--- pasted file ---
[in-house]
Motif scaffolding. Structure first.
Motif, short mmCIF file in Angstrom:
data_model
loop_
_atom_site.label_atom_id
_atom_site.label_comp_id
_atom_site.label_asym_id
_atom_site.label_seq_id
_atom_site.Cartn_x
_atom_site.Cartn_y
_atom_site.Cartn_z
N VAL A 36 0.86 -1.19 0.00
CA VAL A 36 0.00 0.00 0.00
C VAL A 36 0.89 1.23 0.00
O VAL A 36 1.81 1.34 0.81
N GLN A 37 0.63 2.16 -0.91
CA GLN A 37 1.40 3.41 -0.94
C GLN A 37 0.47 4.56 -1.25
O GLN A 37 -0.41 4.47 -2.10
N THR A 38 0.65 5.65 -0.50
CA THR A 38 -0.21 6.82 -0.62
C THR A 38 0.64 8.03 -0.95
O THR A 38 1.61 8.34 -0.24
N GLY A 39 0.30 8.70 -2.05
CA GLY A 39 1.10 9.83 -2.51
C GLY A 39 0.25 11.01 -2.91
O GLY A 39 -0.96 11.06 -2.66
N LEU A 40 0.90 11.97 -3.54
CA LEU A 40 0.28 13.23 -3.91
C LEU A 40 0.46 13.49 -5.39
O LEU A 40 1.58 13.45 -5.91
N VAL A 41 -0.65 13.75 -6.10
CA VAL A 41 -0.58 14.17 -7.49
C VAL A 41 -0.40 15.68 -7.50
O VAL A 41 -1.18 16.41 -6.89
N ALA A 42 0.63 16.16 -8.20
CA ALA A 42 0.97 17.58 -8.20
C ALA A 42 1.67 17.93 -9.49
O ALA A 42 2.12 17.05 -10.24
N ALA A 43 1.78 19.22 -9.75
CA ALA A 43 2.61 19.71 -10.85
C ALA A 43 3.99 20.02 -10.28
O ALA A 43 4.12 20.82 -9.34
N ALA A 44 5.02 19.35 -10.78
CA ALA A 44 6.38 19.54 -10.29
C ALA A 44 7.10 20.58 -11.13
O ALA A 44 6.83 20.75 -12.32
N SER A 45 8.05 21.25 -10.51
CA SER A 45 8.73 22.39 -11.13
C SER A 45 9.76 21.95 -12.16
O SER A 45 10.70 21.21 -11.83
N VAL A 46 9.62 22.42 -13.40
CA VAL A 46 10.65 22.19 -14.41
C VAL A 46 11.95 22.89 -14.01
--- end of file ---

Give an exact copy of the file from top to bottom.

[in-house]
Motif scaffolding. Structure first.
Motif, short mmCIF file in Angstrom:
data_model
loop_
_atom_site.label_atom_id
_atom_site.label_comp_id
_atom_site.label_asym_id
_atom_site.label_seq_id
_atom_site.Cartn_x
_atom_site.Cartn_y
_atom_site.Cartn_z
N VAL A 36 0.86 -1.19 0.00
CA VAL A 36 0.00 0.00 0.00
C VAL A 36 0.89 1.23 0.00
O VAL A 36 1.81 1.34 0.81
N GLN A 37 0.63 2.16 -0.91
CA GLN A 37 1.40 3.41 -0.94
C GLN A 37 0.47 4.56 -1.25
O GLN A 37 -0.41 4.47 -2.10
N THR A 38 0.65 5.65 -0.50
CA THR A 38 -0.21 6.82 -0.62
C THR A 38 0.64 8.03 -0.95
O THR A 38 1.61 8.34 -0.24
N GLY A 39 0.30 8.70 -2.05
CA GLY A 39 1.10 9.83 -2.51
C GLY A 39 0.25 11.01 -2.91
O GLY A 39 -0.96 11.06 -2.66
N LEU A 40 0.90 11.97 -3.54
CA LEU A 40 0.28 13.23 -3.91
C LEU A 40 0.46 13.49 -5.39
O LEU A 40 1.58 13.45 -5.91
N VAL A 41 -0.65 13.75 -6.10
CA VAL A 41 -0.58 14.17 -7.49
C VAL A 41 -0.40 15.68 -7.50
O VAL A 41 -1.18 16.41 -6.89
N ALA A 42 0.63 16.16 -8.20
CA ALA A 42 0.97 17.58 -8.20
C ALA A 42 1.67 17.93 -9.49
O ALA A 42 2.12 17.05 -10.24
N ALA A 43 1.78 19.22 -9.75
CA ALA A 43 2.61 19.71 -10.85
C ALA A 43 3.99 20.02 -10.28
O ALA A 43 4.12 20.82 -9.34
N ALA A 44 5.02 19.35 -10.78
CA ALA A 44 6.38 19.54 -10.29
C ALA A 44 7.10 20.58 -11.13
O ALA A 44 6.83 20.75 -12.32
N SER A 45 8.05 21.25 -10.51
CA SER A 45 8.73 22.39 -11.13
C SER A 45 9.76 21.95 -12.16
O SER A 45 10.70 21.21 -11.83
N VAL A 46 9.62 22.42 -13.40
CA VAL A 46 10.65 22.19 -14.41
C VAL A 46 11.95 22.89 -14.01